A classroom of students from around the world gathered to answer a tough question: “Can Jihadist ideas be killed?” Louis Gordon writes.
The class began with introductions. Americans, Brits, Bangladeshis, Canadians, and Pakistanis filled the room. There were Atheists, Christians, Jews, and Muslims among us. We settled in and briefly reviewed our reading material
. The floor was ours; as a class it was our responsibility to begin the discussion, and it was our passionate commentary that would drive it through the ninety minute period.
A (Not-so) Timid Entrance
I kept quiet, until we reached the topic of madrassas in Pakistan
. A Pakistani student was eloquently describing radical Islam and how certain madrassas facilitate the spread of radicalism and terrorism in Pakistan
When he finished, a Bangladeshi Muslim took the floor in an attempt to delegitimize the comments of the Pakistani. Embedded in his argument was the claim that attaching a negative connotation with the word madrassa
undermines their importance in educating young Muslims.
Suddenly - impulsively, I blurted, “Do you live in Pakistan?” The room fell silent. The Bangladeshi, who lives in America, responded honestly. I continued, “What authority do you have to say that a Pakistani is wrong, in his opinion,
about a matter that he is directly involved in?”
“Actually,” the boy from Pakistan interrupted, “I am not directly involved with the issue of radicalized madrassas. I am Pakistani, I do read about madrassas
in the news, I have friends who have attended madrassas, I do discuss the issue, but radical madrassas are not the overwhelming majority. Most, simply focus on teaching the Quran.”
American Ignorance Strikes Again
After my Pakistani friend corrected me, I reflected not only the mistake I made, but what caused it. I knew that he lives in Islamabad, Pakistan’s capital, but in my ignorance, I allowed myself to believe that unlike all Western countries, Pakistan’s geopolitical landscape is totally uniform.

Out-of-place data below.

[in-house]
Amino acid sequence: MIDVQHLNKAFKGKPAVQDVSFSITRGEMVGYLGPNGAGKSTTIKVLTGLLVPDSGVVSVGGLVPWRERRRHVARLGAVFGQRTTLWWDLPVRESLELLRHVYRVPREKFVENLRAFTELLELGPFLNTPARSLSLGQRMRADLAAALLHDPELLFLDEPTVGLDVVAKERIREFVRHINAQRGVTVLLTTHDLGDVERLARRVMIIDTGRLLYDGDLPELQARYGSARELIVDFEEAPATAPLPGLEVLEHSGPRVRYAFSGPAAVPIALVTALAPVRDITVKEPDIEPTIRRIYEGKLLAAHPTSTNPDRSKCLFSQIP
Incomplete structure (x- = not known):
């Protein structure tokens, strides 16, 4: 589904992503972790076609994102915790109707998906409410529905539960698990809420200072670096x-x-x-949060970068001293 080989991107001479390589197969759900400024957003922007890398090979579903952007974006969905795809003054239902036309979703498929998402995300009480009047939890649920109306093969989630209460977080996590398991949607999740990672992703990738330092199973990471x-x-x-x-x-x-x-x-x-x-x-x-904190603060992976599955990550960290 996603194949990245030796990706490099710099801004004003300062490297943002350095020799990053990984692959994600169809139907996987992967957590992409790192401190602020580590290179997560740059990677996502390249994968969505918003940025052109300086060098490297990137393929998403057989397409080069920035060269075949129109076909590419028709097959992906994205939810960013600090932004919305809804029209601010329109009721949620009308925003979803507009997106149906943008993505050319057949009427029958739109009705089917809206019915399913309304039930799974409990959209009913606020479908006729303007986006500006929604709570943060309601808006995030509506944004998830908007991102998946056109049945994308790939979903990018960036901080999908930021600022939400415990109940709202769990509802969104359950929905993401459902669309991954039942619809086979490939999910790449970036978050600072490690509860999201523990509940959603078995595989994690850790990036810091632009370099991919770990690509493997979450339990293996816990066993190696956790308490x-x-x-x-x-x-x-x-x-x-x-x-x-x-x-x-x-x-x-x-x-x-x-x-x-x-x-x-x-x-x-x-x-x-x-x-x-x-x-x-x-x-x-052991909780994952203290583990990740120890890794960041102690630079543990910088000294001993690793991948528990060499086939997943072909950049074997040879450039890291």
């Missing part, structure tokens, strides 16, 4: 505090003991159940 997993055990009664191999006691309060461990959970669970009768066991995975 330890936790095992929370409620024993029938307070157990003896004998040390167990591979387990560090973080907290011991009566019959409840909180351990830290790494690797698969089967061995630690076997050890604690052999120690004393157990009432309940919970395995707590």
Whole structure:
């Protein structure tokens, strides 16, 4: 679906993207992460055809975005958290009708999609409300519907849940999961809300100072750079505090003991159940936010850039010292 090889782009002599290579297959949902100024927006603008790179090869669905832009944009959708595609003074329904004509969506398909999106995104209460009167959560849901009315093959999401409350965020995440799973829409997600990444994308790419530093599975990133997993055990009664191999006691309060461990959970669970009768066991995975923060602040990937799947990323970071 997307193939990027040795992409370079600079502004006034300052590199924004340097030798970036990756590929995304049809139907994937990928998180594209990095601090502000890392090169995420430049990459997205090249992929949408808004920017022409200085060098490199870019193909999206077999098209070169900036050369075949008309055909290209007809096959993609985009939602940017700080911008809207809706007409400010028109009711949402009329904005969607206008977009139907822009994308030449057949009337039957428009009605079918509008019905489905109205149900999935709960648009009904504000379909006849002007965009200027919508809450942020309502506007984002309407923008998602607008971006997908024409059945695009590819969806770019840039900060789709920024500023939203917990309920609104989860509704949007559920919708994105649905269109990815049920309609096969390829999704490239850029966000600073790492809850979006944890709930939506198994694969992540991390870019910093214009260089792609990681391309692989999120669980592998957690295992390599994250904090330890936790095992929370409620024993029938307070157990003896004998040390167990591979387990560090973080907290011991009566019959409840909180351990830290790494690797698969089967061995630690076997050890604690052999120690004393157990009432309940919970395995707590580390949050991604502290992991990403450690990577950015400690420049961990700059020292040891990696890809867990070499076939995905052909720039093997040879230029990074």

I despise generalization, so I will keep this personal. I go to an excellent public high school in the suburbs of Chicago, and I studied Pakistan in my sophomore year, but never learned more than its basic historical narrative. This means that my perception of Pakistan is based on the media and what a textbook decides to include about Pakistan’s history (and I know, that is my
Yet, as the media enhances all the negatives associated with the country and textbooks highlight India and Pakistan’s rocky history, I start to forget that Pakistan is so much more than what any headline can tell me.
When so much of the news about Pakistan revolves around “hot words” like drones and terrorism, the country is no longer a place of people, but a place of drones and terrorism. In the process, I allow myself to forget that Pakistan is filled with amazing and unique people.
American Ignorance in Regression
At this point, I need to thank the Yale Young Global Scholars for putting my Pakistani ignorance to rest, because as I sat in this classroom discussing Pakistan with Pakistani friends, I realized that I knew nothing about Pakistan. Identifying ignorance is the first step towards correcting it, and at YYGS I was able to identify my ignorance, and learn enough to correct it. What I learned is this: when people are allowed to associate a country with terrorism, drones, and radicalism, but are generally restricted from seeing the humanity that the country maintains, their perceptions are skewed and their ignorance prohibits their ability to make judgments in regards to that country and its people.
Ignorance and the War of Ideas
Well, so what? If an American student like myself, who is receiving a top notch public American education, has to search actively to see the awesomeness that Pakistani people maintain, then what does that mean for the American population as a whole?
We need to understand that Pakistan is not our enemy, and more importantly, Pakistanis are not our enemy. A fundamental necessity in the fight against radical extremism in Pakistan is the support of the Pakistani government and people.
Our ignorance perpetuates this fight. A portion of the American population may continue to support our government, as it kills innocent civilians
. To do so without understanding who Pakistani civilians really are is misguided and incompatible with American ideals. Until we understand that there is a difference between fighting a place and fighting a people, and that there are differences between Pakistani civilians and Pakistani extremists, then we shouldn’t solely attempt to kill Jihadist ideas; we should focus on killing American ignorance.